In air traffic management applications in particular, there is a plethora of possible communication protocols all operating in different manners. For example, but not exclusively, there is a multitude of radar types to which a router can be interfaced. The API program described above is then no longer able to manage all the possible interface types. Although it is possible to develop API programs for each new type of interface, such a solution is not economically viable; moreover its complication has obvious negative impact on operational reliability and system maintenance.
One goal of the invention is to overcome the drawbacks previously mentioned by using a router able to manage a multitude of different interface types economically.
For this purpose, the invention is a data router communicating with systems via serial links, characterized in that it includes at least:
a generic routing program,
a first-level interface program (or API: Application Programming Interface) common to all the systems with which said router communicates,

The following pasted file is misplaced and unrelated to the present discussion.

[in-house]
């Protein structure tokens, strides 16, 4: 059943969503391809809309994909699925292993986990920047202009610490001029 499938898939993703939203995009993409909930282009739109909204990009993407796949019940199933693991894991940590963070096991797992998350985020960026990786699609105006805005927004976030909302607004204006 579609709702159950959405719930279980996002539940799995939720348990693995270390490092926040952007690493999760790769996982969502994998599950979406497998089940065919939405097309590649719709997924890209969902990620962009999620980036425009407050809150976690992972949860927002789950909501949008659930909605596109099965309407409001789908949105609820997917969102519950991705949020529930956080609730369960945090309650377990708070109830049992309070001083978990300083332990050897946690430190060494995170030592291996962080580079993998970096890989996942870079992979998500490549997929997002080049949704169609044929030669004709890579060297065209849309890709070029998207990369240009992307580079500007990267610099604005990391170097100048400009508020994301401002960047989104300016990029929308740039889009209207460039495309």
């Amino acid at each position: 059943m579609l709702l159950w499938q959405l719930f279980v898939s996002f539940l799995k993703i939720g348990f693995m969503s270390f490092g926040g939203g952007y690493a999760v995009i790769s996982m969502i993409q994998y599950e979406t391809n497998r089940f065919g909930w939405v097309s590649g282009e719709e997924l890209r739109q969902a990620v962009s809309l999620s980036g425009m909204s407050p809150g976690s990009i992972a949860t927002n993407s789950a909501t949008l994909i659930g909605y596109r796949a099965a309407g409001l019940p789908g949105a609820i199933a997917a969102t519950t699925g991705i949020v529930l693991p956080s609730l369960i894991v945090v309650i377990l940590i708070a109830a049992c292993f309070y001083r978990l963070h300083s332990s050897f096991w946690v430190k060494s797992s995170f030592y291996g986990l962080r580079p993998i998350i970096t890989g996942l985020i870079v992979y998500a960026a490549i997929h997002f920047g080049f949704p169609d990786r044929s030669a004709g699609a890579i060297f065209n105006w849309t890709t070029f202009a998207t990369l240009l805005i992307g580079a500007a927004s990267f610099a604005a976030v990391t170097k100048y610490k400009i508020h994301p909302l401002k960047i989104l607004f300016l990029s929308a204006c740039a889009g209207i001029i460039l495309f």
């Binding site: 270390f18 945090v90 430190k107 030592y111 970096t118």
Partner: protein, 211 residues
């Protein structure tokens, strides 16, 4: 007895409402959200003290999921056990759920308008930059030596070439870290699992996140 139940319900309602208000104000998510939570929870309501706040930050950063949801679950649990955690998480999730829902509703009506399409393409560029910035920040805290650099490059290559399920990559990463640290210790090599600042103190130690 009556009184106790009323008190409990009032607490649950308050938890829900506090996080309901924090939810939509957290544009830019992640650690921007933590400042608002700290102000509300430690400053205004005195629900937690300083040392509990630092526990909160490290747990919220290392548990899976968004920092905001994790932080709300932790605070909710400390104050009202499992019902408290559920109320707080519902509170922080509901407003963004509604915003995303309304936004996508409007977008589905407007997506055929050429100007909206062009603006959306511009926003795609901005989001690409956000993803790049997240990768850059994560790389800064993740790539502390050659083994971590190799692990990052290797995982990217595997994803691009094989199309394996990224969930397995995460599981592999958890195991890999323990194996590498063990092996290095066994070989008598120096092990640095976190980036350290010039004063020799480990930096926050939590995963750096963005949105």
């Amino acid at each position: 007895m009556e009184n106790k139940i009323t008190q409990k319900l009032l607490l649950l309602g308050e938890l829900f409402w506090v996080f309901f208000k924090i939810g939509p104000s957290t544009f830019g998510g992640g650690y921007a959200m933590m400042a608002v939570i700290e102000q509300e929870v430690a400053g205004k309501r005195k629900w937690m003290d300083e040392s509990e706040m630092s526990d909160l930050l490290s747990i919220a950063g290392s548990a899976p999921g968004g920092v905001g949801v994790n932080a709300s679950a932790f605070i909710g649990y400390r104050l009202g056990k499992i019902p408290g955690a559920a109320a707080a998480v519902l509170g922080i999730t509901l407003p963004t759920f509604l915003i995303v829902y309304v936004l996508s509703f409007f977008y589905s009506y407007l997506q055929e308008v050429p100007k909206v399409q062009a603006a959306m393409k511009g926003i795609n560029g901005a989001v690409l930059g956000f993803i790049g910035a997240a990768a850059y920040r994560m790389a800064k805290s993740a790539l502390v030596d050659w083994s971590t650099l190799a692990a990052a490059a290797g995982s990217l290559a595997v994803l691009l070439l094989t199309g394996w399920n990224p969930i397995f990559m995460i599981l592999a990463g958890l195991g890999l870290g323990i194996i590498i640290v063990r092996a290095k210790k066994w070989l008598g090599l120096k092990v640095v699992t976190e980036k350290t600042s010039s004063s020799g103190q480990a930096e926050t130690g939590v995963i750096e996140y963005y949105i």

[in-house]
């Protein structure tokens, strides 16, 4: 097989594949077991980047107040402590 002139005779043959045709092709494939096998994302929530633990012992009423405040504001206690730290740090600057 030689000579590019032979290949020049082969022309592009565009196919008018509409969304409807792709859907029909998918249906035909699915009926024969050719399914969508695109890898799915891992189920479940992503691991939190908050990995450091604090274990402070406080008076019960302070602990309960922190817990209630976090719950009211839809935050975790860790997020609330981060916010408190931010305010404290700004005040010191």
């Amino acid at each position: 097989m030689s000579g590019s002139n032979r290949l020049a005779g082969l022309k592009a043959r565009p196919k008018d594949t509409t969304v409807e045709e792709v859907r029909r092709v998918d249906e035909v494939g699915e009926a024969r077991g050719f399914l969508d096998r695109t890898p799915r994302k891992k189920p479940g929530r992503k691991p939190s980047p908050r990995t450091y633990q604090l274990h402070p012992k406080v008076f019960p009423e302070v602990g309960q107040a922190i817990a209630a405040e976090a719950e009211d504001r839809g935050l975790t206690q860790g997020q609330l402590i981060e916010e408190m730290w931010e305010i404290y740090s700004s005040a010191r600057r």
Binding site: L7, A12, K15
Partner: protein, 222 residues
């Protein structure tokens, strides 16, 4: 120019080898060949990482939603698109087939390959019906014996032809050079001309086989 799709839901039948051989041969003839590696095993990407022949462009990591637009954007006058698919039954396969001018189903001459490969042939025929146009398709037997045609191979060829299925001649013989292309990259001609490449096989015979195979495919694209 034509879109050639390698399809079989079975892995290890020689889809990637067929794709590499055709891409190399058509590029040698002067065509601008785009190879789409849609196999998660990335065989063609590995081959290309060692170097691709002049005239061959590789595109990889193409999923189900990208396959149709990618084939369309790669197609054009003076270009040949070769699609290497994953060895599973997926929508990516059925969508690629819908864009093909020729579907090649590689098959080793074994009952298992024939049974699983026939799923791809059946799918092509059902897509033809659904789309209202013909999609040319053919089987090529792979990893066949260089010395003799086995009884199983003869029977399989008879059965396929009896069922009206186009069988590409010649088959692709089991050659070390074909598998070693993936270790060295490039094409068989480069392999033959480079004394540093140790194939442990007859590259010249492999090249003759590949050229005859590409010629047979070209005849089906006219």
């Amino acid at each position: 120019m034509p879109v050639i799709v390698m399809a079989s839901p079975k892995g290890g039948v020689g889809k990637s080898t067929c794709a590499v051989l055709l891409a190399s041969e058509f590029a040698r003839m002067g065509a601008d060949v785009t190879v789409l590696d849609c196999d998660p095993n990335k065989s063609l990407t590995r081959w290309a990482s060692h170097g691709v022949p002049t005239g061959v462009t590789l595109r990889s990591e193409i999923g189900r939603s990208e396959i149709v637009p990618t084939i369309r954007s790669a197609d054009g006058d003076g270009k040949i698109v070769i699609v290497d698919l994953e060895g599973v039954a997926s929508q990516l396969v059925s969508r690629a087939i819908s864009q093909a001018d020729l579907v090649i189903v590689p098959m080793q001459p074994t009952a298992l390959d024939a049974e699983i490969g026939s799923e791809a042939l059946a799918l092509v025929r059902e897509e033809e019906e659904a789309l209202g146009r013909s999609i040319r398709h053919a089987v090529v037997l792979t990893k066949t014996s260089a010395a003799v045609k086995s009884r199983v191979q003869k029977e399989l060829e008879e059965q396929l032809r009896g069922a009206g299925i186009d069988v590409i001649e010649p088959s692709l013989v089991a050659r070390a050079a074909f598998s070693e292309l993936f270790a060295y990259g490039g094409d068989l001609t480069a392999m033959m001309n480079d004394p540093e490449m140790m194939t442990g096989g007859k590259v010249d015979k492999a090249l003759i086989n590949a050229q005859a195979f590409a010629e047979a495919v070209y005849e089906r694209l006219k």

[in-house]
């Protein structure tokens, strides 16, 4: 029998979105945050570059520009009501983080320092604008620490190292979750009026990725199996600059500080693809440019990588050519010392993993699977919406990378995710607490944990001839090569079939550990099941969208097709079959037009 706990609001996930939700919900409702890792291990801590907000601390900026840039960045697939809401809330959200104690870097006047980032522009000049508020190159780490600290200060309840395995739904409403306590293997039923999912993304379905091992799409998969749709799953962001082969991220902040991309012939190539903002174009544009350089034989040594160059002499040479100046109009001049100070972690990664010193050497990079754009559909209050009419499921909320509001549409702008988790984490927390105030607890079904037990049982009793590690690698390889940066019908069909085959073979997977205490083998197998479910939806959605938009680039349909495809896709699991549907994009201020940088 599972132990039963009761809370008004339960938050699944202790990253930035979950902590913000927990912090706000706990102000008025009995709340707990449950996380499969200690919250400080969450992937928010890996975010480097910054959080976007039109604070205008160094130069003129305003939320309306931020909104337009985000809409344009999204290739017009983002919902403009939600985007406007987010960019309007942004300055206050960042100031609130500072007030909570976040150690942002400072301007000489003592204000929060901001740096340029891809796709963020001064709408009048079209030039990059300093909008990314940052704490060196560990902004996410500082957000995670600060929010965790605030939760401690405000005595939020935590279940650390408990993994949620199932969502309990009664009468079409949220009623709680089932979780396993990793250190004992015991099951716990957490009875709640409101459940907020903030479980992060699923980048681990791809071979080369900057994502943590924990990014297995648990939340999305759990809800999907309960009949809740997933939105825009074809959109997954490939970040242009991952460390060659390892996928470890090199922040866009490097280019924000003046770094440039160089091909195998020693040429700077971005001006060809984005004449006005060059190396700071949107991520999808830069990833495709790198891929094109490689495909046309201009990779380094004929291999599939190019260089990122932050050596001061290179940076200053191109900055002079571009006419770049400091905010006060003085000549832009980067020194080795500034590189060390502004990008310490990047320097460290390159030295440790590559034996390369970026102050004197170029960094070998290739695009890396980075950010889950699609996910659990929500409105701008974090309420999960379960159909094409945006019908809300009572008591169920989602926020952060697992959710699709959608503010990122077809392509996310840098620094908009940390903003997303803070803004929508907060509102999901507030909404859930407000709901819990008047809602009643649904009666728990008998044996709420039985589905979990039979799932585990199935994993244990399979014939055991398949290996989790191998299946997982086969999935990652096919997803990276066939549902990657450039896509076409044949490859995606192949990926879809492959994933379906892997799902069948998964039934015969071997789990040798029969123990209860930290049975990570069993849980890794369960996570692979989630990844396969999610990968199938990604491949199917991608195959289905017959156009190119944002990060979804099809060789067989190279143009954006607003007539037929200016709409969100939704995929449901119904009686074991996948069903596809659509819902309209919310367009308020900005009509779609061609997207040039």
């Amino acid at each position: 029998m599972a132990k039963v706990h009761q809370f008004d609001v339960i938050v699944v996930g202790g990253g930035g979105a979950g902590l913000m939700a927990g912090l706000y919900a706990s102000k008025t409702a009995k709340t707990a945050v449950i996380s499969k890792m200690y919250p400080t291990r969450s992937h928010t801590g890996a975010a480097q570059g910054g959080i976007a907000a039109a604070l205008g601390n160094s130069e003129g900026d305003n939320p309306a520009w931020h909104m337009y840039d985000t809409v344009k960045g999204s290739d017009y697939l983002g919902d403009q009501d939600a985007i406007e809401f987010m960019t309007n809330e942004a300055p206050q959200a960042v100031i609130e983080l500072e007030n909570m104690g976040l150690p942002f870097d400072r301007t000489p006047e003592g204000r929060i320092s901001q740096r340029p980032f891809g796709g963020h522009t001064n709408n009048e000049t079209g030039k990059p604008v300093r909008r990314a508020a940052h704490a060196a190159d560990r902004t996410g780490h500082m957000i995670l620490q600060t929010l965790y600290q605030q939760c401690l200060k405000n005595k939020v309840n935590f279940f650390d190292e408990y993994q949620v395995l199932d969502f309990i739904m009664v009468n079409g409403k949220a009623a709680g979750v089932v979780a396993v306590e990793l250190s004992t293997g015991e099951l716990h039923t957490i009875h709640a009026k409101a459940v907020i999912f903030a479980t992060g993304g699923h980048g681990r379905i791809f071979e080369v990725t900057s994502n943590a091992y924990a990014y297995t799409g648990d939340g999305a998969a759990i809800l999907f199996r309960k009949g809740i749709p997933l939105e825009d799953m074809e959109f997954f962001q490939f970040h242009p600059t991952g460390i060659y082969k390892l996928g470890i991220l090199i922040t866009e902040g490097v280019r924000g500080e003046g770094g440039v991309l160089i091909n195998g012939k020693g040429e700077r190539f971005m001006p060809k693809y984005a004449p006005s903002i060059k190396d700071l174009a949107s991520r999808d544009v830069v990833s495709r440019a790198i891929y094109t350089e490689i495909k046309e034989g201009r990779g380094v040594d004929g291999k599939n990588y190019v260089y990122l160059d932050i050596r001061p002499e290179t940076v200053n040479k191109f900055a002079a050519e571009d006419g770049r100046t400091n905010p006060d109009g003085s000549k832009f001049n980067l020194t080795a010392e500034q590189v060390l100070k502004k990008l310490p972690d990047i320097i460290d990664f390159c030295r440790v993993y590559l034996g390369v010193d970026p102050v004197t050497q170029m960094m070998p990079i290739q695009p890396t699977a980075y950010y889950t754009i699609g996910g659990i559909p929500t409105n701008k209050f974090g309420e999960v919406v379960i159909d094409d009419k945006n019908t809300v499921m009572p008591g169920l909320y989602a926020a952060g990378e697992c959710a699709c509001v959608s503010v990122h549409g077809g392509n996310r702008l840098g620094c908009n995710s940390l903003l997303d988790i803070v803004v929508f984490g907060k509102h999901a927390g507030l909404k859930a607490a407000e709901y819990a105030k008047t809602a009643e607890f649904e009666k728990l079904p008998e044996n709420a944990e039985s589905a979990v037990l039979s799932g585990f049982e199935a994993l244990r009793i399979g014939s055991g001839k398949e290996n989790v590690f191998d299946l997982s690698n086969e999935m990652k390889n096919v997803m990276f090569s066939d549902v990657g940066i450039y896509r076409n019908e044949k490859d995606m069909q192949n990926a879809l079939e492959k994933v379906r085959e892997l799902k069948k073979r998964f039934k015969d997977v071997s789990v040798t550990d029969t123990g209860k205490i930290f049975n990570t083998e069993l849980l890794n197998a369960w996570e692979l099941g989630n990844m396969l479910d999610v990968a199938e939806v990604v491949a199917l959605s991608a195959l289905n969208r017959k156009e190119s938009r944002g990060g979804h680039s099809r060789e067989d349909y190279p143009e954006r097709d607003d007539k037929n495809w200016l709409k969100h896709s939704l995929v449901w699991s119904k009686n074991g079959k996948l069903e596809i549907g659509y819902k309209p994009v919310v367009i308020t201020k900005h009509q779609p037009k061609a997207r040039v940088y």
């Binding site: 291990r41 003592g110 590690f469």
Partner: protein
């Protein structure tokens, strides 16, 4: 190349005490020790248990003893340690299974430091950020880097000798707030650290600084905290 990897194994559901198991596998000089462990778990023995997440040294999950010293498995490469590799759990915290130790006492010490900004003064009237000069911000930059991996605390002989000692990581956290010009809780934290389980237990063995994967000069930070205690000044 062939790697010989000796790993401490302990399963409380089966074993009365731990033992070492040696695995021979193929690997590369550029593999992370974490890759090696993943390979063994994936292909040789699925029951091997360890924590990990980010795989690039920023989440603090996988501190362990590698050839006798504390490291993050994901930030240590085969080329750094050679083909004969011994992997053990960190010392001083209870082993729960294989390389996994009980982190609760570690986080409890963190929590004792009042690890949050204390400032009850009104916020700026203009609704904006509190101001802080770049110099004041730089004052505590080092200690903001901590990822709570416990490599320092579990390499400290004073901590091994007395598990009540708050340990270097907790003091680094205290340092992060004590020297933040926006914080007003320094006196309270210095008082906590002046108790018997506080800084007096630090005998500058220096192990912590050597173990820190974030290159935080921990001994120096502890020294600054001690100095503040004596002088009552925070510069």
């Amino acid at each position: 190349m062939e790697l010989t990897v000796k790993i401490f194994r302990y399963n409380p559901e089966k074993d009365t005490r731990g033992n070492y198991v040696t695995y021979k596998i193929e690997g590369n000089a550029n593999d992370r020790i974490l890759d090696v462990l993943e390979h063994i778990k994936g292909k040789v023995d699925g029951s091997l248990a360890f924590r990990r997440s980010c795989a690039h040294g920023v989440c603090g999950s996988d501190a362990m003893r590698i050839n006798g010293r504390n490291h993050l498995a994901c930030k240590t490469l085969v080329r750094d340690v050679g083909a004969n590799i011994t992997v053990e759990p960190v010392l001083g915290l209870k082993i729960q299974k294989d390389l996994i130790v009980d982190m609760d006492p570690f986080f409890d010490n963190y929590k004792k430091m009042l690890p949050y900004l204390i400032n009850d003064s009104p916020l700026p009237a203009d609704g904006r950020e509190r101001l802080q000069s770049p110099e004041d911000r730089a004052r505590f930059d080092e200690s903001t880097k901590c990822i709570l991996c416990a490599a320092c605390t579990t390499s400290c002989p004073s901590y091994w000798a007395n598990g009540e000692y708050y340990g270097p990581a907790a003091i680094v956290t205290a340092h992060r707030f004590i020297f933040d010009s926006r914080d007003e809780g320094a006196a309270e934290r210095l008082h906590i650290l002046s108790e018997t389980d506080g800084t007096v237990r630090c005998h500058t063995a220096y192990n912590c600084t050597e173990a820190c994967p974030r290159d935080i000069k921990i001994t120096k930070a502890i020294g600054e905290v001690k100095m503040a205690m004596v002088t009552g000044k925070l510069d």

a second-level interface program (or API) common to all said serial links, said generic routing program dialoguing with said first-level API, which in turn dialogues with said second-level API.
The main advantages of the invention are that its improves the reliability of a router, facilitates its maintenance, and adapts to a broad range of applications.
Other characteristics and advantages of the invention will become clear on reading the following description of a preferred embodiment, taken only as a non-limitative example, making reference to the attached drawings of which:
FIG. 1 shows an example of a prior art router software architecture;
FIG. 2 shows an example of the software architecture of a router according to the invention.